California's controversial high-speed rail project received a boost Wednesday when the Federal Railroad Administration approved the proposed Merced-to-Fresno route, clearing the way for construction to start early next year.
A federal record of decision signed by Administrator Joseph Szabo represents the final bureaucratic hurdle for the California High-Speed Rail Authority. The decision gives a federal blessing to the 60-mile route and to thousands of pages of environmental review for the project.
Backers of the project hailed the decision as historic for the development of the first high-speed train project in the nation and the start of construction in the central San Joaquin Valley. "With the federal record of decision, we are now poised to move forward and break ground next year," said Jeff Morales, the rail authority's CEO.
But the specter of lawsuits continues to hang over the project. Several have been filed against the rail authority in hopes of stalling or stopping work on the Merced-Fresno section.
The decision comes despite recent pleas from critics asking the federal authority to withhold approval based on concerns over "environmental justice" in the environmental review process, potentially in violation of the National Environmental Policy Act.
Those concerns focused on a failure to make many environmental documents available in Spanish or other languages besides English for residents to read as well as fears that low-income and minority neighborhoods are at risk for greater effects from construction and operation of the train project.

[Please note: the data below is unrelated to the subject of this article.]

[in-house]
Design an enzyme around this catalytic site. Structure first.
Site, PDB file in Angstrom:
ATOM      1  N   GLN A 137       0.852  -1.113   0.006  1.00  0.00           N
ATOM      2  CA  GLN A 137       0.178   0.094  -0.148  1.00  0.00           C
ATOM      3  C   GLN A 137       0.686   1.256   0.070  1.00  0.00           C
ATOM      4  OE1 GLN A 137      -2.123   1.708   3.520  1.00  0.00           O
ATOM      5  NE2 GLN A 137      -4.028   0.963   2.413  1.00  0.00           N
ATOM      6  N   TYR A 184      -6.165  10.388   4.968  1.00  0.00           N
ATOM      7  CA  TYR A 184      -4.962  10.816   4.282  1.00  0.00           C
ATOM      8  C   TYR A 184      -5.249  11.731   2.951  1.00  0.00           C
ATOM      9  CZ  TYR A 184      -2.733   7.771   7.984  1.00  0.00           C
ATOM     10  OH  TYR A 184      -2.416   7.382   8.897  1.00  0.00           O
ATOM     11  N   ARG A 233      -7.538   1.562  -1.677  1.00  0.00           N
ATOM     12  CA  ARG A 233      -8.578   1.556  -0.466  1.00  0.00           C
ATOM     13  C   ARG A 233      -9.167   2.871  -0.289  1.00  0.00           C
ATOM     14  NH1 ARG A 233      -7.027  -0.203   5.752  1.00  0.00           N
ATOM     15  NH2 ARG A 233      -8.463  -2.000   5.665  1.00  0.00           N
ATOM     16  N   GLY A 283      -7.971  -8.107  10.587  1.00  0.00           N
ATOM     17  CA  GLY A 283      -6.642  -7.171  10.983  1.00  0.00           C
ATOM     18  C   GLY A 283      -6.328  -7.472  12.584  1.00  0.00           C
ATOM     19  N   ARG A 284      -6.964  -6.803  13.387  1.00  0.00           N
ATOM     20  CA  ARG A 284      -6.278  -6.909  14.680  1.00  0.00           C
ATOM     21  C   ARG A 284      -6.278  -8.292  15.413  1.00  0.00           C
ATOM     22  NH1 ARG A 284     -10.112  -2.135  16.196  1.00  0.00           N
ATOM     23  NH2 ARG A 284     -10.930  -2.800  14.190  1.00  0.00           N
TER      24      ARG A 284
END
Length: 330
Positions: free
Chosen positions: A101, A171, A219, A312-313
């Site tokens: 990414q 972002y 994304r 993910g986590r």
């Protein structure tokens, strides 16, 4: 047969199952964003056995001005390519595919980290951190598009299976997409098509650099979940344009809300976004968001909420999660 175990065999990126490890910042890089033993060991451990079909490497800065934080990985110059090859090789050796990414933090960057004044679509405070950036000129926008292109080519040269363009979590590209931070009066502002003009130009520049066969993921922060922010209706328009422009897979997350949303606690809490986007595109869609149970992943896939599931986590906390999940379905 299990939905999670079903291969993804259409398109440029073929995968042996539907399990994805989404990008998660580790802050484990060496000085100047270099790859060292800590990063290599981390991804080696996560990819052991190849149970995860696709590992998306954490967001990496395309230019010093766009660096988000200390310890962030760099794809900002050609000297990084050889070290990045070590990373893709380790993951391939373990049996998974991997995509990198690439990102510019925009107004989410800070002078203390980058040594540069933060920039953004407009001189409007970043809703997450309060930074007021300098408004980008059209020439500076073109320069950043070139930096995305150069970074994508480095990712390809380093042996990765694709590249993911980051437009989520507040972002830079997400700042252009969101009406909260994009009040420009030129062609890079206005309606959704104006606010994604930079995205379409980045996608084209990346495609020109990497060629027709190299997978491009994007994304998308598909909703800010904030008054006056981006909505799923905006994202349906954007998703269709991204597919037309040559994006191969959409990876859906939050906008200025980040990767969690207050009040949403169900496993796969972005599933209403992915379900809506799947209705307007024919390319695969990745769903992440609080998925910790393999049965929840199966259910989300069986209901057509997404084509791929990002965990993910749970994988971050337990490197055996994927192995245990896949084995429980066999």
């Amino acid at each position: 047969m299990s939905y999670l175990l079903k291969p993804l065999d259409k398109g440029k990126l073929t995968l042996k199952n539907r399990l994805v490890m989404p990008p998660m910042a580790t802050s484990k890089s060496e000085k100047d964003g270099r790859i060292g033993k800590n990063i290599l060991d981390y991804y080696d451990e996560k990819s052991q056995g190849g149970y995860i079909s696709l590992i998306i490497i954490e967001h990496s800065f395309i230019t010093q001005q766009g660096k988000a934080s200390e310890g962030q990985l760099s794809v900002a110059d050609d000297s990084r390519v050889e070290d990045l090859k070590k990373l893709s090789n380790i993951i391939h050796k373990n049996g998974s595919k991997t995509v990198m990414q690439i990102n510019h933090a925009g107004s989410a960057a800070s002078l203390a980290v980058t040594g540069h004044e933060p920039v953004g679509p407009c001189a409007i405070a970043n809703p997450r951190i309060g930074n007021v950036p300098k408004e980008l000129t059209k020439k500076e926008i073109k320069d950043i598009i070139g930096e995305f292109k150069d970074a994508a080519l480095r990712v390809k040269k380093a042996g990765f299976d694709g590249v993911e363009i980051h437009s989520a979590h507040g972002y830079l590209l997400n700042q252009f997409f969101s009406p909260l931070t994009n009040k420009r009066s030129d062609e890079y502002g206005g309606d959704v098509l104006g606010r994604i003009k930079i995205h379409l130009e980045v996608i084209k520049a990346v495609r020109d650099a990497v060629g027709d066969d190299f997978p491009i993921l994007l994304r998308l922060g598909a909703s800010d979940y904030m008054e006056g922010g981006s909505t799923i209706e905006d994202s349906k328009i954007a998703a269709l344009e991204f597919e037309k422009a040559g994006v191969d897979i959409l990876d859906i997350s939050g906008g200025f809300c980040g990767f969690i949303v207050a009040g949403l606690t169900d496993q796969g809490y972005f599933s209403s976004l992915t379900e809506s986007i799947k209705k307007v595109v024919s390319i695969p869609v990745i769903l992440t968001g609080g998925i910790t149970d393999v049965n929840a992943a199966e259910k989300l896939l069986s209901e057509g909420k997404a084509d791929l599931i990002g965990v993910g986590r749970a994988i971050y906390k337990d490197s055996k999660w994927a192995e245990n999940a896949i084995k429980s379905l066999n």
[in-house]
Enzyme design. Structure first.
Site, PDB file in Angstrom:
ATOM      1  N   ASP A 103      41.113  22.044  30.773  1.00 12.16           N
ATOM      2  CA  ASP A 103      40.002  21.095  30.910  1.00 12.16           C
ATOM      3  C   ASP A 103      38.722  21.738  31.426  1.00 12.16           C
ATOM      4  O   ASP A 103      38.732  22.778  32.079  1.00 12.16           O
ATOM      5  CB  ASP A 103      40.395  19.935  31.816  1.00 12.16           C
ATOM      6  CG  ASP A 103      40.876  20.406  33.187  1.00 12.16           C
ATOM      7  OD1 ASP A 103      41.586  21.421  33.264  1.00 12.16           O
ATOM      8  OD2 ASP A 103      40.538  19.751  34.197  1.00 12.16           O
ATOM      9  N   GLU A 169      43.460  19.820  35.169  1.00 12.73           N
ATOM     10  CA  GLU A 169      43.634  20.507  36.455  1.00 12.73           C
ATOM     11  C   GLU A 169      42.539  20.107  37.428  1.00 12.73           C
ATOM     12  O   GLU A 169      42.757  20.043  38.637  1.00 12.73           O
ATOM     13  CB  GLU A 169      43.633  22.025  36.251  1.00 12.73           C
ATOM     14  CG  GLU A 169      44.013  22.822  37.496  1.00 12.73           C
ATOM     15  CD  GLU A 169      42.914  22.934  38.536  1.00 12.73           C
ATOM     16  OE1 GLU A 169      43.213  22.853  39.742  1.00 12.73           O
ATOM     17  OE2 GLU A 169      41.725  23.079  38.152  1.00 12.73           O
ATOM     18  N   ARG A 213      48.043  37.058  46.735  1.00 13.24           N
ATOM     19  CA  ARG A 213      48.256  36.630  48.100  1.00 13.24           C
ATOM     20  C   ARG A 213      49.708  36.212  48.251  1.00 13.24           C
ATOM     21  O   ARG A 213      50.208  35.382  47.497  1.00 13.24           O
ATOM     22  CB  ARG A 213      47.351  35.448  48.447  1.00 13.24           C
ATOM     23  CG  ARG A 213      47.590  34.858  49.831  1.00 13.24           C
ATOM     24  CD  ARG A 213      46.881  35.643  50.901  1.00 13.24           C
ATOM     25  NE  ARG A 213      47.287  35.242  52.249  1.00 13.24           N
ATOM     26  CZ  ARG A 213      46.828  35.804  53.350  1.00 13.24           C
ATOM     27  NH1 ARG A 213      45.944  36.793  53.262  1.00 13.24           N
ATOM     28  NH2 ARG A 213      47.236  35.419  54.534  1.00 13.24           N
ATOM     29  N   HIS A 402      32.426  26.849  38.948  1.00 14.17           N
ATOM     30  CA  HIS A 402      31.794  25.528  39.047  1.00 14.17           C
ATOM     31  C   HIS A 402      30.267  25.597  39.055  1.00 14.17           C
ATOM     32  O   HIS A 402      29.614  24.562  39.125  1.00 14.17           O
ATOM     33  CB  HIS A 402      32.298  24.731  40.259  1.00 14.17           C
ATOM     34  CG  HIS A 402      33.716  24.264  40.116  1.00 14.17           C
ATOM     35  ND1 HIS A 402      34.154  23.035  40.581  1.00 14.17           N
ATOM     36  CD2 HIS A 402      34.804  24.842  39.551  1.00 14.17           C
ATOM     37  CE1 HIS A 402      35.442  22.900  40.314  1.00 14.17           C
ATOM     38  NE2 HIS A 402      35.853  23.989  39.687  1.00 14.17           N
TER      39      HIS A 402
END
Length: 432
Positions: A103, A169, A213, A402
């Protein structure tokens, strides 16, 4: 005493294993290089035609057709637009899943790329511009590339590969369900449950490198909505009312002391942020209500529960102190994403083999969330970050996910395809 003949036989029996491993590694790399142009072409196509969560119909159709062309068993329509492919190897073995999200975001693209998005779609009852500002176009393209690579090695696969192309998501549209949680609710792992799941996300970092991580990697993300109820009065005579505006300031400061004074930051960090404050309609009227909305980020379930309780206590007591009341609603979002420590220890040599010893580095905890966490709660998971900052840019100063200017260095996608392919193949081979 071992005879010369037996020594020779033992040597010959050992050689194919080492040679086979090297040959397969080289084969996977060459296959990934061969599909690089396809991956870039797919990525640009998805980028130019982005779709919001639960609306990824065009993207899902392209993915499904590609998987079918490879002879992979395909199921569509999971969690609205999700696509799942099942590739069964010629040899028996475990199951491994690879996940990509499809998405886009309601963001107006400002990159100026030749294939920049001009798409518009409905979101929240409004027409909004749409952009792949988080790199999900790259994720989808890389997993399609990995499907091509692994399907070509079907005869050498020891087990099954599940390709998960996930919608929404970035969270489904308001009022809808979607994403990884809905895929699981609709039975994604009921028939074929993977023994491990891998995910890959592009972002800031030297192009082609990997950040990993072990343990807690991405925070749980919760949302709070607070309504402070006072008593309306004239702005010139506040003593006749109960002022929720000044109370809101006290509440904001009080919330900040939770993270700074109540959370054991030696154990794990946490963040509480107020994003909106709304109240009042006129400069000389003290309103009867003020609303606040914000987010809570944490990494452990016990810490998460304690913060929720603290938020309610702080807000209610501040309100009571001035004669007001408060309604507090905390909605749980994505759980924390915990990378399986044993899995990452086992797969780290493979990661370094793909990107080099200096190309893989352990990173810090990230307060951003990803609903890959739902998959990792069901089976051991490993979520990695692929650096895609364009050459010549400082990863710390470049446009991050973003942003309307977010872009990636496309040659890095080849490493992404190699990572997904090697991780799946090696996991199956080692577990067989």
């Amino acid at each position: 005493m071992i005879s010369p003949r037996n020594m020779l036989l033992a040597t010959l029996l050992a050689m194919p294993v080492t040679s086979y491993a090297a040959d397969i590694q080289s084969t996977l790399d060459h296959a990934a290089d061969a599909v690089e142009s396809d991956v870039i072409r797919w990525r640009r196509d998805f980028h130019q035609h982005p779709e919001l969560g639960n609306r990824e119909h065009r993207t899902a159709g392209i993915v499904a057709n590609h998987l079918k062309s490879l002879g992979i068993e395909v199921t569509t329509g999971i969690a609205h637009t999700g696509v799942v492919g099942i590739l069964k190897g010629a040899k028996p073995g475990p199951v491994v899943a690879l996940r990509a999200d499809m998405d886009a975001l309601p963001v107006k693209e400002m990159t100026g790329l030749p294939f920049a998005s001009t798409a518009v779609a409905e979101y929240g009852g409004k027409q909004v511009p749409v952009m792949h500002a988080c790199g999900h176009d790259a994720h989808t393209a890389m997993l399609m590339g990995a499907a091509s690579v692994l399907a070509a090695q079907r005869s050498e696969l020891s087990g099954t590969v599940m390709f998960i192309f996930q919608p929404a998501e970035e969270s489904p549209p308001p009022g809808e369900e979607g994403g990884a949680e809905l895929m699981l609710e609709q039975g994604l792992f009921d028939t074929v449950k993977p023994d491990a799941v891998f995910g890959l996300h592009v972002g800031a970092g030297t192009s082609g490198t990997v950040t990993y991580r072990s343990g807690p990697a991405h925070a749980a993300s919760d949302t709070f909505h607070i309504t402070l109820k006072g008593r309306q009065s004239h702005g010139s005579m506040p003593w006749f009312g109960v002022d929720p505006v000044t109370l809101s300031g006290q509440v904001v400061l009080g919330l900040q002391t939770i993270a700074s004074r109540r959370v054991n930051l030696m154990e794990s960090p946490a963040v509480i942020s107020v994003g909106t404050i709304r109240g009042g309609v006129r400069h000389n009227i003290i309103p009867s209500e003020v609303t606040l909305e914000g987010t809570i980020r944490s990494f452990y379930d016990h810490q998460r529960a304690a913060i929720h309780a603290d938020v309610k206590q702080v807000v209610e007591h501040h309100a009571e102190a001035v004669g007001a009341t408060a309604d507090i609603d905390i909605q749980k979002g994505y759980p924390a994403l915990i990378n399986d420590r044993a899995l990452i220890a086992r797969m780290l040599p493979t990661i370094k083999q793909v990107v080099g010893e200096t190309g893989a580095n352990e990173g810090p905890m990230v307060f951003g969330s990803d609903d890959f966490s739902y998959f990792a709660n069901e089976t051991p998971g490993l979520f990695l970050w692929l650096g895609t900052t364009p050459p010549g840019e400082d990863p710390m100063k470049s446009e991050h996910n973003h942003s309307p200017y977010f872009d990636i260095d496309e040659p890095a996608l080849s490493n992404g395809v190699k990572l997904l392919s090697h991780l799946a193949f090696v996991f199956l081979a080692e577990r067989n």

The state rail authority approved the Merced-Fresno route in May. Federal officials had to run the plans through additional channels, including the U.S. Fish and Wildlife Service, for review before they could issue their decision on the section.
The Federal Railroad Administration decision acknowledges that "communities of concern," including low-income and minority neighborhoods, are likely to experience the greatest effects from noise and having to be relocated to make way for the tracks. But it adds that steps will be taken to reduce those effects so they "will not be appreciably more severe or greater in magnitude" than for the broader Valley population.
Because minorities and low-income residents make up most of the region's population, the decision adds, "Benefits will likely accrue to a greater degree to communities of concern." Those benefits include better transportation systems, reduced traffic congestion on freeways, improved air quality and more jobs during the system's construction and operation.
"Over the next several years, this project will put thousands of Californians to work and provide the state with transportation capacity and connectivity needed for long-term economic expansion," Szabo said.